During the spring 2023 semester, we partnered with the City of Indianapolis and Purdue University’s Energy Engineering program to create a capstone design project for students to help the City plan for its goal of achieving net carbon neutrality by 2050. The students were given access and trained to use both NEO and B3 Benchmarking software tools, to organize and analyze data from 12 city-owned buildings.
The project contained three stages: benchmark the energy consumption; evaluate energy efficiency improvements; and assess renewable energy integration.
Step 1: Energy Benchmarking
The first step in the process was to benchmark the buildings, creating a baseline of energy consumption and carbon emissions. Billed data from the city-owned buildings was imported into B3 Benchmarking to identify trends, compare to peers, and rank/prioritize which buildings have the highest energy and carbon emission reduction potential. Nine of the 12 buildings were identified to have substantial energy savings potential with cost-effective options.
Step 2: Energy Efficiency
Next, the students created calibrated energy models in NEO for nine of the buildings to identify specific energy conservation measures that are the most cost-effective at reducing energy consumption and carbon emissions. Switching to LED lighting and installing occupancy and daylight dimming sensors were identified as low-hanging fruit options. Cumulatively, those improvements could provide over $538,000 of annual energy cost savings. Taking the grid CO2e emission rates into account, those energy efficiency improvements could reduce carbon emissions by 30,000 metric tons of CO2e by the year 2050. That’s equivalent to the carbon sequestered by 3,500 acres of forest annually for 27 years!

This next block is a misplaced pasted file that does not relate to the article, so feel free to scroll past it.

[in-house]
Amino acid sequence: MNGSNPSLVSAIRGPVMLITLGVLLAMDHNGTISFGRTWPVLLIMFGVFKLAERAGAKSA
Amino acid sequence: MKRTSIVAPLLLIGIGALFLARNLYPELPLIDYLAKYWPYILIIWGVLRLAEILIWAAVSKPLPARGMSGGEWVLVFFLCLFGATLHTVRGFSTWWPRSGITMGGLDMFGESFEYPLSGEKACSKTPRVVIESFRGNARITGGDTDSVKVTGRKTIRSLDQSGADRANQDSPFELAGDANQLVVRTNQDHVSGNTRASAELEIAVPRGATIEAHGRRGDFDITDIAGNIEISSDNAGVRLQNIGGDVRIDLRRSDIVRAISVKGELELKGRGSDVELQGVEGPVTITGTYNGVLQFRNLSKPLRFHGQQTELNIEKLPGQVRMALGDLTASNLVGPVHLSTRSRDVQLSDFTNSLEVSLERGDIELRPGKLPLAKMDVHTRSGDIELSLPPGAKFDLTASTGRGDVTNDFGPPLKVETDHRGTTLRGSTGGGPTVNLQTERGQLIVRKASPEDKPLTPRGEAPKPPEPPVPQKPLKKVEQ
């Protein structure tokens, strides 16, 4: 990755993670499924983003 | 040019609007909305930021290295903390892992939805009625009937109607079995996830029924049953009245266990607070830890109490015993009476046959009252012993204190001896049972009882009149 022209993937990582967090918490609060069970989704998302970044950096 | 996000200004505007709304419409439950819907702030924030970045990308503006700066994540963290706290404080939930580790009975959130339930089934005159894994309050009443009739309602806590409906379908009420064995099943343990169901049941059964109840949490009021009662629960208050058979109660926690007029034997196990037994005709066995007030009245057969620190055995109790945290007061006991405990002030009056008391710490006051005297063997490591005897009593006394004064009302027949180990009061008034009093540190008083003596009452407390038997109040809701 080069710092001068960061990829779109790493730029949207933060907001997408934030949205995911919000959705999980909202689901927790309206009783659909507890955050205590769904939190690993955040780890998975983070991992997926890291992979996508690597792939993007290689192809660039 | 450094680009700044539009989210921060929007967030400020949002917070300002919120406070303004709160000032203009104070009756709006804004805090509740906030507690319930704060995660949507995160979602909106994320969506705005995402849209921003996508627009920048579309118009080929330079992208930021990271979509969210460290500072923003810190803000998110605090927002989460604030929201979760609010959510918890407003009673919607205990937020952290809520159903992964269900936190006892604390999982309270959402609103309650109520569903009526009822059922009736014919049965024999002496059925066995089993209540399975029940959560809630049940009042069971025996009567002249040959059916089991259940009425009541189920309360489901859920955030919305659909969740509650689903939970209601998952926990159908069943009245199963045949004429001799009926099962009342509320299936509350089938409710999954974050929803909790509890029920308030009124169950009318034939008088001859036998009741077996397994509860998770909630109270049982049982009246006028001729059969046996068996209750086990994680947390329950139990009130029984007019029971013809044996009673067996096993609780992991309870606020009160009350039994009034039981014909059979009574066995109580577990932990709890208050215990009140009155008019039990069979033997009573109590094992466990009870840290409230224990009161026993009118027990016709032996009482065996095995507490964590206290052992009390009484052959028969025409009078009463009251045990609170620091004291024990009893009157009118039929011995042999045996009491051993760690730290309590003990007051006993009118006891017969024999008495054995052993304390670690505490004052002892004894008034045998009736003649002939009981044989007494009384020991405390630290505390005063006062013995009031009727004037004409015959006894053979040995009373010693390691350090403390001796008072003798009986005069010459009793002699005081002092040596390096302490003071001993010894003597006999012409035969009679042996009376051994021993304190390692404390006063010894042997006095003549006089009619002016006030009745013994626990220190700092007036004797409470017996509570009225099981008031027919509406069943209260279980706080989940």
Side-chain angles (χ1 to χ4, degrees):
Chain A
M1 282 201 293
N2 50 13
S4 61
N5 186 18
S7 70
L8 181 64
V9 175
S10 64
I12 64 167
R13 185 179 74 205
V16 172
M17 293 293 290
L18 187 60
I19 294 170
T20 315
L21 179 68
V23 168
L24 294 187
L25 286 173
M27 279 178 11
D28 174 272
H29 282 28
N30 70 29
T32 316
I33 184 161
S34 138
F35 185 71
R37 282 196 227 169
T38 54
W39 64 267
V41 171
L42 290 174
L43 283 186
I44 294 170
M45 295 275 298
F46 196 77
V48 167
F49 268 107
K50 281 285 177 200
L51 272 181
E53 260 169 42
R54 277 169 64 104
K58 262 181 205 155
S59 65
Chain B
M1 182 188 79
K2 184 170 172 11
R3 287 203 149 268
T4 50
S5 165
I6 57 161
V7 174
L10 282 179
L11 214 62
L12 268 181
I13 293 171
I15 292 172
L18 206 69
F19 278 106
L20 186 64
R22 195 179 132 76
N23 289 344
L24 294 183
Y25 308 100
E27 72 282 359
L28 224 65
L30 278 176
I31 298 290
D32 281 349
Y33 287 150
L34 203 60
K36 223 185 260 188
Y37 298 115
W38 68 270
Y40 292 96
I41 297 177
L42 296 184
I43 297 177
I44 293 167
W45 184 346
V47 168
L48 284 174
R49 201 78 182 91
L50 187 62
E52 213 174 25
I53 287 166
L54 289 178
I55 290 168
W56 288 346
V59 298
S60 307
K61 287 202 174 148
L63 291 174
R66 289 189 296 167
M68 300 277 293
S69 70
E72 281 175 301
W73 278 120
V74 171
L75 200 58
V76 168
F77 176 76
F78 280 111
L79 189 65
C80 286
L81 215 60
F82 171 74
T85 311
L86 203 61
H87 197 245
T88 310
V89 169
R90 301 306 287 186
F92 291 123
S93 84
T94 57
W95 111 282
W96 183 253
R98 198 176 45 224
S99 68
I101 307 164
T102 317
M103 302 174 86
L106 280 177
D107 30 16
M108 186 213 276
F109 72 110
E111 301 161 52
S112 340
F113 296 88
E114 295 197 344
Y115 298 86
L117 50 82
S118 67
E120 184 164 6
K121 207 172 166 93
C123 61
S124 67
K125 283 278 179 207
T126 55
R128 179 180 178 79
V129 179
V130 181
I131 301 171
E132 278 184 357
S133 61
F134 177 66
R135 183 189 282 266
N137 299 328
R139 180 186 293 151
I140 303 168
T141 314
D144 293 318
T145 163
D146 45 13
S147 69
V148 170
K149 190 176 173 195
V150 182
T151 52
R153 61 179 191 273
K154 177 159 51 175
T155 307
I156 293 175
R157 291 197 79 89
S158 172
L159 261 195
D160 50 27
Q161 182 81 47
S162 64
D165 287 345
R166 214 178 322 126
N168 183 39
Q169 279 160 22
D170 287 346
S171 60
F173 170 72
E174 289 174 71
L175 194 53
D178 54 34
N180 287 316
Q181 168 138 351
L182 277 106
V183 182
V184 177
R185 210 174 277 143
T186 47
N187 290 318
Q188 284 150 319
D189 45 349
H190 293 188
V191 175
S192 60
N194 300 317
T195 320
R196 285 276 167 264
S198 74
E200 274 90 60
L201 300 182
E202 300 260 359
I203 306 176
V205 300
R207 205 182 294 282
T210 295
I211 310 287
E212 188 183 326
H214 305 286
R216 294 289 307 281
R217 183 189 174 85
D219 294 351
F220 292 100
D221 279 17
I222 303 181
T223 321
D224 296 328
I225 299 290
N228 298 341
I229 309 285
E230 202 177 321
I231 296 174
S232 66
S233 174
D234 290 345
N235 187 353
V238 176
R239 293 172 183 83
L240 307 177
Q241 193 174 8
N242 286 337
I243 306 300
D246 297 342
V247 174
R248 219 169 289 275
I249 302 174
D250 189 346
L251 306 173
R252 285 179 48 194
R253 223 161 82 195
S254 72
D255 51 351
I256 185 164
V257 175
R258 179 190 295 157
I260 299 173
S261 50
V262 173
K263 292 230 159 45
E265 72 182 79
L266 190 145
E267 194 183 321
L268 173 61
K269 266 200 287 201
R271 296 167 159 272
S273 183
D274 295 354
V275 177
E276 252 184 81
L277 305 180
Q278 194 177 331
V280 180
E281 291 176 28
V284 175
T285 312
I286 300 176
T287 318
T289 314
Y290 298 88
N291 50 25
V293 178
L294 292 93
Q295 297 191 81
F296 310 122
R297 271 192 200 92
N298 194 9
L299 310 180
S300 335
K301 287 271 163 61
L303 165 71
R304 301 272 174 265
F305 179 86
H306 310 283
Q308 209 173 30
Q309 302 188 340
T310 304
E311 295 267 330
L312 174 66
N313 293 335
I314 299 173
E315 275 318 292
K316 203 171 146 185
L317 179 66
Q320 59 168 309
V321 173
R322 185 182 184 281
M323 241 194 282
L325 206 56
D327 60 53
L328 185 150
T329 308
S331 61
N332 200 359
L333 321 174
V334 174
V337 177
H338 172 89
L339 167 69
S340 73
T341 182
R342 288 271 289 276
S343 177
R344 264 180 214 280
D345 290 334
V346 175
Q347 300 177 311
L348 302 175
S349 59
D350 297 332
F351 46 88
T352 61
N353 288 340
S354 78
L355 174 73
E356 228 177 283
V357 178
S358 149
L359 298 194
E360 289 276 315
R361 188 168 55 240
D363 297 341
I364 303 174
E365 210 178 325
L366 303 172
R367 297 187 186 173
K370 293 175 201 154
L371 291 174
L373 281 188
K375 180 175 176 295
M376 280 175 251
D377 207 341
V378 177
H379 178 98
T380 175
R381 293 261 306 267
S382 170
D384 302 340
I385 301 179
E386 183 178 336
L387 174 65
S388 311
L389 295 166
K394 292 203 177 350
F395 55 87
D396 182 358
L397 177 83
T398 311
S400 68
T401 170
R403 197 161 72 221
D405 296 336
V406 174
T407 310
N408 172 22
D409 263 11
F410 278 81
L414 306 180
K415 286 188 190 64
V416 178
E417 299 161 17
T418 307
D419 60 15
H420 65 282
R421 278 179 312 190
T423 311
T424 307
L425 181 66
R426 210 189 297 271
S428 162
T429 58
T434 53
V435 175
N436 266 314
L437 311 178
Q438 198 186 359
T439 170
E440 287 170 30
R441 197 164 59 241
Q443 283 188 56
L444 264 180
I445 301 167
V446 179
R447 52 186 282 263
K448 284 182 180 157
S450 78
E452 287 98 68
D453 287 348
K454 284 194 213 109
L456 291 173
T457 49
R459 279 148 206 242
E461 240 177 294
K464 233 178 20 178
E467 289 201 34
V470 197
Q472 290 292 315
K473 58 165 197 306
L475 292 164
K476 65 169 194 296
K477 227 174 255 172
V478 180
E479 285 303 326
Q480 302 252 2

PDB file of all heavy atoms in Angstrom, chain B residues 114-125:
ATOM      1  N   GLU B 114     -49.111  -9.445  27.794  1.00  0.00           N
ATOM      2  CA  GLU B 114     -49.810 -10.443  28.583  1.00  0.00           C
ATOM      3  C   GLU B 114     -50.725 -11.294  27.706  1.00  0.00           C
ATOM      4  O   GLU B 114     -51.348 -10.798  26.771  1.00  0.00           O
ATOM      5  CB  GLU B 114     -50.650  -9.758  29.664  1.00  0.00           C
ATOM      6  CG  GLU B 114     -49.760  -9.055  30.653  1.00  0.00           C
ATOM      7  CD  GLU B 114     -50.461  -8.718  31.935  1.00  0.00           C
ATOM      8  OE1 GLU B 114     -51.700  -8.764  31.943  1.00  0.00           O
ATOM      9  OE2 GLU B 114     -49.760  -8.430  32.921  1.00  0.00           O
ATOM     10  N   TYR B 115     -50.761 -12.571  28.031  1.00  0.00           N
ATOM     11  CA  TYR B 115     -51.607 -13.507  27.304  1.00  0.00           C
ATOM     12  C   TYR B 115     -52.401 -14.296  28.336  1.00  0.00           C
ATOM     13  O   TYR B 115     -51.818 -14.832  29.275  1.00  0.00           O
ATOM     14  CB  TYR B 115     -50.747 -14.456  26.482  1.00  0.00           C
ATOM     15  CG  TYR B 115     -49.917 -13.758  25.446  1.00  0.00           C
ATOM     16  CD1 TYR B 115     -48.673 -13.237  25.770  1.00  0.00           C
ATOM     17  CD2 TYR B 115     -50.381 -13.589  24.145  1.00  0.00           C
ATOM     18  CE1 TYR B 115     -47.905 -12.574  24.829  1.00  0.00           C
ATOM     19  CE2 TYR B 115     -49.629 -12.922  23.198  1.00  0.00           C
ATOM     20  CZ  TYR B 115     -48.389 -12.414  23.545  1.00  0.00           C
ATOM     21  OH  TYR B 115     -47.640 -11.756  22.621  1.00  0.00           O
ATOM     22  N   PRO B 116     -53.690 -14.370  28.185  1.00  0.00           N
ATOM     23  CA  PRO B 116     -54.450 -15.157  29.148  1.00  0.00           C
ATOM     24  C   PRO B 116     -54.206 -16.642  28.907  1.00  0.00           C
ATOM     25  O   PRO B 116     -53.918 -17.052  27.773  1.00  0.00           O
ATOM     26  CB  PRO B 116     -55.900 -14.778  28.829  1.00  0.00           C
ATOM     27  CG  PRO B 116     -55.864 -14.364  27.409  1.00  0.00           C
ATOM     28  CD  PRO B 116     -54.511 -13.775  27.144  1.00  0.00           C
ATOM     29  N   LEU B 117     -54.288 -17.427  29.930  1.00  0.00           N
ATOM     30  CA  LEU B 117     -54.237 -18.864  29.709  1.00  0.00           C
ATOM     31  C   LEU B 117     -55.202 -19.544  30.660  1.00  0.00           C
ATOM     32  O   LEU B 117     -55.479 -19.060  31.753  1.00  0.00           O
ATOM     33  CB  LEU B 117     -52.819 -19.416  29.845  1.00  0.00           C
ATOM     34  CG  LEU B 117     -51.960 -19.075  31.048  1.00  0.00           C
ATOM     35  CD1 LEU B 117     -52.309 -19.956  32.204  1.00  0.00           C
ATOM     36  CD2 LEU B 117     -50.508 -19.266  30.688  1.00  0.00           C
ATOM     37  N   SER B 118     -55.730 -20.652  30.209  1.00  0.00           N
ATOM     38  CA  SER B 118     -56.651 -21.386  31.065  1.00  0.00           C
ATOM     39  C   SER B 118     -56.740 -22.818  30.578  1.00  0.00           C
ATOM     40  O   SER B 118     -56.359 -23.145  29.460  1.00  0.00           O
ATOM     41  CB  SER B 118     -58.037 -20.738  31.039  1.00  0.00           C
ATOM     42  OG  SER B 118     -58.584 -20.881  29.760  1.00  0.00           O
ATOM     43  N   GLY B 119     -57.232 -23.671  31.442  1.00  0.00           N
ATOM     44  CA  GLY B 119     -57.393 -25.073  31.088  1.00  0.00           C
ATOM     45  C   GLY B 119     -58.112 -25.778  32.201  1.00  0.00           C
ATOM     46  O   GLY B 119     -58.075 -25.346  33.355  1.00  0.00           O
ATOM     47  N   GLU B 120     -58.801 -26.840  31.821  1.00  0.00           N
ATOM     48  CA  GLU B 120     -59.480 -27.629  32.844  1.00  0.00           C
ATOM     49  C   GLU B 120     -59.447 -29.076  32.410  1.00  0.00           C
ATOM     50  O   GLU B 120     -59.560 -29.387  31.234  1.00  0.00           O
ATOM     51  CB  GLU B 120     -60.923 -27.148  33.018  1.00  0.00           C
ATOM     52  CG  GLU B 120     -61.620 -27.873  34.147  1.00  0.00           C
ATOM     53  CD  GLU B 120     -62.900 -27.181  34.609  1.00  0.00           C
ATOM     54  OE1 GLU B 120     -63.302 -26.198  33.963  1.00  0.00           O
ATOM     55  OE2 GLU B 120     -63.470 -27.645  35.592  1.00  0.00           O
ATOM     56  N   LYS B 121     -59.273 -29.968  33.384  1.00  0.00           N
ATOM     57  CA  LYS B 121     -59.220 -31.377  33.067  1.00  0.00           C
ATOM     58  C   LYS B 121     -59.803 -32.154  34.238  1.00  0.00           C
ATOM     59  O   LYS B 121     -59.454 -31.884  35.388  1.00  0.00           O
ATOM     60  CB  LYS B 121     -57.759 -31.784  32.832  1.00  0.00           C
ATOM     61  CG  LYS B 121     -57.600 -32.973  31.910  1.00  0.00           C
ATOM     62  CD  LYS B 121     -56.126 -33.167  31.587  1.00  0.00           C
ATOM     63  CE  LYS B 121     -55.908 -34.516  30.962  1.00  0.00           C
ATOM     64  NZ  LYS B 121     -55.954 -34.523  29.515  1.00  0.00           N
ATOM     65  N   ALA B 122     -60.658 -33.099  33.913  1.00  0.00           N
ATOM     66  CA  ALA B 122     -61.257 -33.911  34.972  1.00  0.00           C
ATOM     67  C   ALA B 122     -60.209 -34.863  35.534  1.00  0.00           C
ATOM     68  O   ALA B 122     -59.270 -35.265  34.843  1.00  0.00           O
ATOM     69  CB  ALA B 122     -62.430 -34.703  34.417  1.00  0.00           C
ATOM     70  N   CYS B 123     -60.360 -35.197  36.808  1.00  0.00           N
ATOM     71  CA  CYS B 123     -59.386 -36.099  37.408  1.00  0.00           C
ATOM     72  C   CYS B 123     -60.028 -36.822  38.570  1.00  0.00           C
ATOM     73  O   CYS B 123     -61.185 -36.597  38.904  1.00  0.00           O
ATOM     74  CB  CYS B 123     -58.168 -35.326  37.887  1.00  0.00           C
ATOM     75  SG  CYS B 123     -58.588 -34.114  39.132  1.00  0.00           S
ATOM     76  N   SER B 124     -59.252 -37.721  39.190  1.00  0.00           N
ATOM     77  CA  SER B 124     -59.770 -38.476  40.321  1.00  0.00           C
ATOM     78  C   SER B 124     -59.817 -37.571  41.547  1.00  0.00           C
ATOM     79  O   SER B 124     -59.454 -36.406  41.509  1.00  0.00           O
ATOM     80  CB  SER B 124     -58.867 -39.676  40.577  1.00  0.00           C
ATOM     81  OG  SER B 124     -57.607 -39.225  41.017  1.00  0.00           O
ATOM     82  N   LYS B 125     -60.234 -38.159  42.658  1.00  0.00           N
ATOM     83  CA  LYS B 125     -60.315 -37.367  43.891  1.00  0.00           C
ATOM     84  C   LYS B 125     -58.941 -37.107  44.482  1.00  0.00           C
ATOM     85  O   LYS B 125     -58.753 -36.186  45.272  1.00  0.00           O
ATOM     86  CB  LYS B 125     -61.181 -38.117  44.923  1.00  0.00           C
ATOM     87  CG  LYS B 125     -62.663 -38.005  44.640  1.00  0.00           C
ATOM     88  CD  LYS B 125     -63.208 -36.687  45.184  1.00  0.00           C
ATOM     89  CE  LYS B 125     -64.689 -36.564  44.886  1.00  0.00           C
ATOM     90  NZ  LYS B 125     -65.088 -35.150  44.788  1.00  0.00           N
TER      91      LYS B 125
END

As the electric grid gets cleaner, the next substantial improvement building owners can take to reduce carbon emissions is to install electric heating systems, which is more expensive but ultimately helps achieve net carbon neutrality in the long run. However, it’s important to focus on the low-hanging fruit options first and make other improvements over time when the capital becomes available.
Step 3: Distributed Energy Resources
The last step was looking at optimal locations for solar panels. The building load curves generated from NEO can be used for sizing solar arrays and battery storage. However, is throwing solar on every rooftop the solution? In this case, looking at an entire city, we found it more productive to consider as part of a system rather than individual buildings. In a dense urban area, finding ideal locations can be challenging. However, in cases like Indianapolis, some of the densest areas present ideal opportunities for microgrids that are connected to the grid. In two areas downtown, 60 parking lots and parking garages were identified as optimal locations for two microgrids due to their large areas, proximity, and avoidance of interferences that rooftops present. The sites together total 115 MW of solar and could generate 153 million kWh of electricity annually. That would offset 1% of the total carbon emissions from transportation and building energy consumption for the entire city (compared to 2016 emissions).
There is no ‘one size fits all’ solution. Many barriers and challenges need to be overcome with creative solutions, and every building and city needs to be viewed as a system within a system when making decisions. Buildings in cold climates present a particularly tough challenge to electrify due to energy costs and peak heating loads when the solar panels aren’t producing much energy. Considerable financial investment is required to fund both energy efficiency and renewable energy projects. And collaboration between building owners, utility providers, and city/state governments is necessary to effectively solve these issues. Finally, software tools that process mass amounts of data are needed to properly track incremental improvements over time across a vast system of sub-systems.